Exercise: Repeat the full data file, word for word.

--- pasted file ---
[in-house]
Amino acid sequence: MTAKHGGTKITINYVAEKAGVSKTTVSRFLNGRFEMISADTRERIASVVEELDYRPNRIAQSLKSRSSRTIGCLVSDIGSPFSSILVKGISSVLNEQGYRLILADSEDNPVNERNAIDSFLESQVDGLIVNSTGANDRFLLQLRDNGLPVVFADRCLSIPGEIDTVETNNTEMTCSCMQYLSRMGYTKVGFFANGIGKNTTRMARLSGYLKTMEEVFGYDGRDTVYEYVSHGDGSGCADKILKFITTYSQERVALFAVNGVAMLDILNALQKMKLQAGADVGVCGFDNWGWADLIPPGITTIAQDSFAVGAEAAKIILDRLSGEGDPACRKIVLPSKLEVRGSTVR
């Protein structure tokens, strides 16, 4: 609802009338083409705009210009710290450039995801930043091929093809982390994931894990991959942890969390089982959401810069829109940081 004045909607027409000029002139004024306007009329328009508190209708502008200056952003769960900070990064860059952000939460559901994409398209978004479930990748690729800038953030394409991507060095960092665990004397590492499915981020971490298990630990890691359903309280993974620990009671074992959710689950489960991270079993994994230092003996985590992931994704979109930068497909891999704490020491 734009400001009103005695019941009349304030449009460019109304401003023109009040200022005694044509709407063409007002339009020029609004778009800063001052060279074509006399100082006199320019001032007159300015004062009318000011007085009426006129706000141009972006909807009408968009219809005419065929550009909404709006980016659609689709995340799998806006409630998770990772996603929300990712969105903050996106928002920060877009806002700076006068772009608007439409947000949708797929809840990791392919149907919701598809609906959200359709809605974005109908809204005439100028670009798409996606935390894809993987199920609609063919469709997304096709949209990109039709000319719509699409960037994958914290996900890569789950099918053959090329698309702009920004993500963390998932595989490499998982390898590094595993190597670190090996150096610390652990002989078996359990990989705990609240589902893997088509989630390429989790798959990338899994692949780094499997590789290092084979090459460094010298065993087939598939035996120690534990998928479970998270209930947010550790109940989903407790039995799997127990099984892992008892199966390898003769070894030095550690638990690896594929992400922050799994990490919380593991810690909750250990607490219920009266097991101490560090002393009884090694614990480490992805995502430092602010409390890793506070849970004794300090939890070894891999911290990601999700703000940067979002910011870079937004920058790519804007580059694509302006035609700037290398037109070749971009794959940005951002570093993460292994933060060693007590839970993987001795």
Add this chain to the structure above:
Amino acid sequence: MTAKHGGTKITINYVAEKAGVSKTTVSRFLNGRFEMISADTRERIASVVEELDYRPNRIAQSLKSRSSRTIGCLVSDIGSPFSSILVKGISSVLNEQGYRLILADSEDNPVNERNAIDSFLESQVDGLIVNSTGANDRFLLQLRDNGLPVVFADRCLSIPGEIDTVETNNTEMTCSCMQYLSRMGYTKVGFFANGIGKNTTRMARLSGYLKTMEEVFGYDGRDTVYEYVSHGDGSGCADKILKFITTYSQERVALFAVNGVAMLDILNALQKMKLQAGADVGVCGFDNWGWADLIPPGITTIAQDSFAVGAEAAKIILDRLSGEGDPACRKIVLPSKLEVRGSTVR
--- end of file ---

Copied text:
[in-house]
Amino acid sequence: MTAKHGGTKITINYVAEKAGVSKTTVSRFLNGRFEMISADTRERIASVVEELDYRPNRIAQSLKSRSSRTIGCLVSDIGSPFSSILVKGISSVLNEQGYRLILADSEDNPVNERNAIDSFLESQVDGLIVNSTGANDRFLLQLRDNGLPVVFADRCLSIPGEIDTVETNNTEMTCSCMQYLSRMGYTKVGFFANGIGKNTTRMARLSGYLKTMEEVFGYDGRDTVYEYVSHGDGSGCADKILKFITTYSQERVALFAVNGVAMLDILNALQKMKLQAGADVGVCGFDNWGWADLIPPGITTIAQDSFAVGAEAAKIILDRLSGEGDPACRKIVLPSKLEVRGSTVR
């Protein structure tokens, strides 16, 4: 609802009338083409705009210009710290450039995801930043091929093809982390994931894990991959942890969390089982959401810069829109940081 004045909607027409000029002139004024306007009329328009508190209708502008200056952003769960900070990064860059952000939460559901994409398209978004479930990748690729800038953030394409991507060095960092665990004397590492499915981020971490298990630990890691359903309280993974620990009671074992959710689950489960991270079993994994230092003996985590992931994704979109930068497909891999704490020491 734009400001009103005695019941009349304030449009460019109304401003023109009040200022005694044509709407063409007002339009020029609004778009800063001052060279074509006399100082006199320019001032007159300015004062009318000011007085009426006129706000141009972006909807009408968009219809005419065929550009909404709006980016659609689709995340799998806006409630998770990772996603929300990712969105903050996106928002920060877009806002700076006068772009608007439409947000949708797929809840990791392919149907919701598809609906959200359709809605974005109908809204005439100028670009798409996606935390894809993987199920609609063919469709997304096709949209990109039709000319719509699409960037994958914290996900890569789950099918053959090329698309702009920004993500963390998932595989490499998982390898590094595993190597670190090996150096610390652990002989078996359990990989705990609240589902893997088509989630390429989790798959990338899994692949780094499997590789290092084979090459460094010298065993087939598939035996120690534990998928479970998270209930947010550790109940989903407790039995799997127990099984892992008892199966390898003769070894030095550690638990690896594929992400922050799994990490919380593991810690909750250990607490219920009266097991101490560090002393009884090694614990480490992805995502430092602010409390890793506070849970004794300090939890070894891999911290990601999700703000940067979002910011870079937004920058790519804007580059694509302006035609700037290398037109070749971009794959940005951002570093993460292994933060060693007590839970993987001795």
Add this chain to the structure above:
Amino acid sequence: MTAKHGGTKITINYVAEKAGVSKTTVSRFLNGRFEMISADTRERIASVVEELDYRPNRIAQSLKSRSSRTIGCLVSDIGSPFSSILVKGISSVLNEQGYRLILADSEDNPVNERNAIDSFLESQVDGLIVNSTGANDRFLLQLRDNGLPVVFADRCLSIPGEIDTVETNNTEMTCSCMQYLSRMGYTKVGFFANGIGKNTTRMARLSGYLKTMEEVFGYDGRDTVYEYVSHGDGSGCADKILKFITTYSQERVALFAVNGVAMLDILNALQKMKLQAGADVGVCGFDNWGWADLIPPGITTIAQDSFAVGAEAAKIILDRLSGEGDPACRKIVLPSKLEVRGSTVR